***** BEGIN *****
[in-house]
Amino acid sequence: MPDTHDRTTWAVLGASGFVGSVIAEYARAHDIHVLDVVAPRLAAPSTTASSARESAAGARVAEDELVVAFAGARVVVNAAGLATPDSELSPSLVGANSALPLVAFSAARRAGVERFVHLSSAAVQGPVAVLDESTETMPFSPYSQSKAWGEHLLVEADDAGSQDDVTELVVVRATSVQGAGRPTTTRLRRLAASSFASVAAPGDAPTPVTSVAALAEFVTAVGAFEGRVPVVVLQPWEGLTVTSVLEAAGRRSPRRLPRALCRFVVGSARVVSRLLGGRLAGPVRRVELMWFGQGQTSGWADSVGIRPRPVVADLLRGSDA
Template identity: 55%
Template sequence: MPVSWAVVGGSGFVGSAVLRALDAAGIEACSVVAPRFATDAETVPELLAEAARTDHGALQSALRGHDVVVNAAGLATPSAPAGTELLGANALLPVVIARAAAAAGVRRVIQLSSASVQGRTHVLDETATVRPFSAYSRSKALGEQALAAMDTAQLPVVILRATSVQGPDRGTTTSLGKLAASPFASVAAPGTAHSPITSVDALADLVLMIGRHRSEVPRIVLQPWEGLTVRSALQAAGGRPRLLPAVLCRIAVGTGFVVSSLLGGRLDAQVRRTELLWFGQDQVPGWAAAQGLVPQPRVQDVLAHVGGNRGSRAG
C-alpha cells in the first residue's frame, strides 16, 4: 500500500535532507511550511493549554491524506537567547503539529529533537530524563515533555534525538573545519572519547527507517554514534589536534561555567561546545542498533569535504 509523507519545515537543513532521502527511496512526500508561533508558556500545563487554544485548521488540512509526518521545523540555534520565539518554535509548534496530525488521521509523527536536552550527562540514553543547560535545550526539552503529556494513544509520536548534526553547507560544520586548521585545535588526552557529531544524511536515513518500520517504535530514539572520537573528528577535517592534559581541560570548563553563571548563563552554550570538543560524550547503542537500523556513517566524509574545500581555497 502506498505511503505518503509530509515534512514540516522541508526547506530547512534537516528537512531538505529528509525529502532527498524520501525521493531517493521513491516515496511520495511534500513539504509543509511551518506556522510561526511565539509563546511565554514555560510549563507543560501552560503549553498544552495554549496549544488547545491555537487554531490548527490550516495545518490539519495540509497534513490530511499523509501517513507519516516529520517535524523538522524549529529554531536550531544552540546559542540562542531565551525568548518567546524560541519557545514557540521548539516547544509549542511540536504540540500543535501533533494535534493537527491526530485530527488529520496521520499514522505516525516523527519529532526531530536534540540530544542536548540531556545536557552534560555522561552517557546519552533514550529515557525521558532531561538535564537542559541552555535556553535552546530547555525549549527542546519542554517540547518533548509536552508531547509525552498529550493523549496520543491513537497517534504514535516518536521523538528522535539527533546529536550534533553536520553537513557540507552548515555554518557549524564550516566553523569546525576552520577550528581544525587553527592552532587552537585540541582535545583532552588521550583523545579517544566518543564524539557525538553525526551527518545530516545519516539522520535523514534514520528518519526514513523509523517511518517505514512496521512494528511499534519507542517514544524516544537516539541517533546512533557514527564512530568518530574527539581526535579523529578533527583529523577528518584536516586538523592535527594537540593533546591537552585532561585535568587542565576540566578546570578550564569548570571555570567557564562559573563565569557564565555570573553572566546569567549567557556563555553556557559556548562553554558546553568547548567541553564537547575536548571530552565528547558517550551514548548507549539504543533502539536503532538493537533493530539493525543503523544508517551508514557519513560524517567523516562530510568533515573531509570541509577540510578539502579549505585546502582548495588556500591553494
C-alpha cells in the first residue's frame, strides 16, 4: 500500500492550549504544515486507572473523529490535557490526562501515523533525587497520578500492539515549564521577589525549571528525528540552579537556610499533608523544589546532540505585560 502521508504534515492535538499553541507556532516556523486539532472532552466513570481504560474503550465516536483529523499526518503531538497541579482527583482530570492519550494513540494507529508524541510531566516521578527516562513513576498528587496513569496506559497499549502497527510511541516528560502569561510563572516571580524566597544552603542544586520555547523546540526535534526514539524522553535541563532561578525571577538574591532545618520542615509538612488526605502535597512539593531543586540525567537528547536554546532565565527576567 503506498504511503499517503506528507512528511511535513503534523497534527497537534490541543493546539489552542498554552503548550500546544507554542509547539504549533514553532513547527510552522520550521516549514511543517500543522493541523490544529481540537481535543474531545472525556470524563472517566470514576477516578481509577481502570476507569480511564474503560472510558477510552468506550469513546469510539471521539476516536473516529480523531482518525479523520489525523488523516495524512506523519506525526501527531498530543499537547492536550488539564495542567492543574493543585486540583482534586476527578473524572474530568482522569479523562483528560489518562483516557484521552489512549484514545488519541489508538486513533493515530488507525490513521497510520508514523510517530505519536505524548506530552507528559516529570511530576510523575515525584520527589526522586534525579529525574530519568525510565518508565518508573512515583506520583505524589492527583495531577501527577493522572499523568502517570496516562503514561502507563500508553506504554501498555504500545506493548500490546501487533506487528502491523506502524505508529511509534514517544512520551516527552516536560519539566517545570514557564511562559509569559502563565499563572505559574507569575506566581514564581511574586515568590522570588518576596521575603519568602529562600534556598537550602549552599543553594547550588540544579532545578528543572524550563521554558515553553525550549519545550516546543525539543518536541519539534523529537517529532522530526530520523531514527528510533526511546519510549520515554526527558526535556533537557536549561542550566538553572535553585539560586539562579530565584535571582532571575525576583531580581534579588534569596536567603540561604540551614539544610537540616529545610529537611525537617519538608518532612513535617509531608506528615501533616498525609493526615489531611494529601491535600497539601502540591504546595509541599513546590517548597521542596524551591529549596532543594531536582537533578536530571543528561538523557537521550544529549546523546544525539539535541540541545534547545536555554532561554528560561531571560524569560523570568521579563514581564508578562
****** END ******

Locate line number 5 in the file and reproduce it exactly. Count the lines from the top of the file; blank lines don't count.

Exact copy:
C-alpha cells in the first residue's frame, strides 16, 4: 500500500535532507511550511493549554491524506537567547503539529529533537530524563515533555534525538573545519572519547527507517554514534589536534561555567561546545542498533569535504 509523507519545515537543513532521502527511496512526500508561533508558556500545563487554544485548521488540512509526518521545523540555534520565539518554535509548534496530525488521521509523527536536552550527562540514553543547560535545550526539552503529556494513544509520536548534526553547507560544520586548521585545535588526552557529531544524511536515513518500520517504535530514539572520537573528528577535517592534559581541560570548563553563571548563563552554550570538543560524550547503542537500523556513517566524509574545500581555497 502506498505511503505518503509530509515534512514540516522541508526547506530547512534537516528537512531538505529528509525529502532527498524520501525521493531517493521513491516515496511520495511534500513539504509543509511551518506556522510561526511565539509563546511565554514555560510549563507543560501552560503549553498544552495554549496549544488547545491555537487554531490548527490550516495545518490539519495540509497534513490530511499523509501517513507519516516529520517535524523538522524549529529554531536550531544552540546559542540562542531565551525568548518567546524560541519557545514557540521548539516547544509549542511540536504540540500543535501533533494535534493537527491526530485530527488529520496521520499514522505516525516523527519529532526531530536534540540530544542536548540531556545536557552534560555522561552517557546519552533514550529515557525521558532531561538535564537542559541552555535556553535552546530547555525549549527542546519542554517540547518533548509536552508531547509525552498529550493523549496520543491513537497517534504514535516518536521523538528522535539527533546529536550534533553536520553537513557540507552548515555554518557549524564550516566553523569546525576552520577550528581544525587553527592552532587552537585540541582535545583532552588521550583523545579517544566518543564524539557525538553525526551527518545530516545519516539522520535523514534514520528518519526514513523509523517511518517505514512496521512494528511499534519507542517514544524516544537516539541517533546512533557514527564512530568518530574527539581526535579523529578533527583529523577528518584536516586538523592535527594537540593533546591537552585532561585535568587542565576540566578546570578550564569548570571555570567557564562559573563565569557564565555570573553572566546569567549567557556563555553556557559556548562553554558546553568547548567541553564537547575536548571530552565528547558517550551514548548507549539504543533502539536503532538493537533493530539493525543503523544508517551508514557519513560524517567523516562530510568533515573531509570541509577540510578539502579549505585546502582548495588556500591553494